The birth contemporary group is determined by the calving group code, the sex of the calf, and a 60 day age range.
Birth weights should be taken within 48 hours of birth using a proper scale (not a tape or a guess)
Last 5 years: Female 89.6 and Male 95.0
There could be several reasons. Perhaps the calf is outside the accepted age ranges, or is in a group that is too small to index the calf.
Because of the special management show cattle receive they cannot be compared with the rest of the herd. For example, a single show bull cannot be directly compared to bulls left on grass over the summer as he has had extra nutrition and opportunity to perform. If you have a string of show calves of the same sex and similar age that have been treated the same, they can be indexed.
Because animals have an aging pattern, we try to weigh animals at a consistent stage in the growth curve. This allows us to make more accurate adjustments for comparison of animals and calculation of adjusted weights and indexes.
140 - 270 days of age
301 – 530 days of age
The first number is the breeder-assigned management group. The second is the calculated contemporary group identifier.
WPDA is calculated by taking the animal's weight and dividing by its age in days.
ADG is calculated by subtracting the two weights and dividing by the number of days. For example: ADG to weaning = weaning weight – birth weight / weaning date – birth date. ADG weaning to yearling = yearling weight – weaning weight / yearling date – weaning date.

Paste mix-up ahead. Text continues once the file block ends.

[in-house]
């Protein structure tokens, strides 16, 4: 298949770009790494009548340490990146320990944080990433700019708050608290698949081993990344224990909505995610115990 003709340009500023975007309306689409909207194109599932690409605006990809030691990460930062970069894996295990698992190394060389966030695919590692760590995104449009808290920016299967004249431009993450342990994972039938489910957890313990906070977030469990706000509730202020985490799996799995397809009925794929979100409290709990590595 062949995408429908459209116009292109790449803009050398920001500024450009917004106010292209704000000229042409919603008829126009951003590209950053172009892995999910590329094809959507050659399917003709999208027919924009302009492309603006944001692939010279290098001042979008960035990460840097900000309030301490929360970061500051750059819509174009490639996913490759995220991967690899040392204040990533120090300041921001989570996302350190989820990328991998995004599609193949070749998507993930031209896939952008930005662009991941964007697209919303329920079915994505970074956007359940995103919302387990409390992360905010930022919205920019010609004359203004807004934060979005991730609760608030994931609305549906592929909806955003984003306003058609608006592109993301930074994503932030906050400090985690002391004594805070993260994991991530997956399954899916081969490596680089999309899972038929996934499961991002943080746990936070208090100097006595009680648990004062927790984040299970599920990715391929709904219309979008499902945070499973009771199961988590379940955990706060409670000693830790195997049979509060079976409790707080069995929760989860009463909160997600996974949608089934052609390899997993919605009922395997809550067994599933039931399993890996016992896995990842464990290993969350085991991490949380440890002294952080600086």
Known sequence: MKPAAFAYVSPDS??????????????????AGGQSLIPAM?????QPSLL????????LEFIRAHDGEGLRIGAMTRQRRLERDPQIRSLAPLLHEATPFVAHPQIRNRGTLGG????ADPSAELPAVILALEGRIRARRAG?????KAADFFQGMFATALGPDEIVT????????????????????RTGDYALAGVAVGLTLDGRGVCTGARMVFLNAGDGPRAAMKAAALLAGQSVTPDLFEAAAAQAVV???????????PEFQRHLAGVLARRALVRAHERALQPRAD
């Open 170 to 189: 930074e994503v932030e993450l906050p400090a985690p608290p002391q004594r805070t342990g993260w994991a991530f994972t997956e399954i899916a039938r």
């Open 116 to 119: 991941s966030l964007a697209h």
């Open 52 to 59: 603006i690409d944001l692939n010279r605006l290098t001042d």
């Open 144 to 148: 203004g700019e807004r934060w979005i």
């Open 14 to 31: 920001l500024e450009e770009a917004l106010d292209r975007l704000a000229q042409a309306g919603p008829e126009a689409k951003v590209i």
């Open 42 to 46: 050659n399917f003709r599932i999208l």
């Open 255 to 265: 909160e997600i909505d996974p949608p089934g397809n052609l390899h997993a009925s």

Because each animal is a cumulative total of its genetics interacting with its environment over its lifetime, it is important to separate groups based on pre-weaning environment.
Yearling weights provide valuable information about growth patterns, post weaning growth and mature size. As well, this information is valuable in prediction of carcass merit for traits such as yield and carcass weight.
Ultrasounding yearling animals is vital to measuring genetic merit for carcass characteristics. By ultrasounding yearling animals we can rapidly get an estimate of relative genetic merit (carcass EPDs) for traits of intramuscular fat (marbling), rib-eye area and backfat. This allows us to assess our position and make positive changes to carcass merit.
www.aptcbeef.org (Ultrasound Guidelines Council)
www.cuplab.com (Centralized Ultrasound Processing Lab)
Contact the CHA
5160 Skyline Way NE
Calgary, AB T2E 6V1
Disposal codes provide us information about why animals have left the herd. This is key to assessing fertility, longevity, and identifying specific weaknesses and strengths in various bloodlines.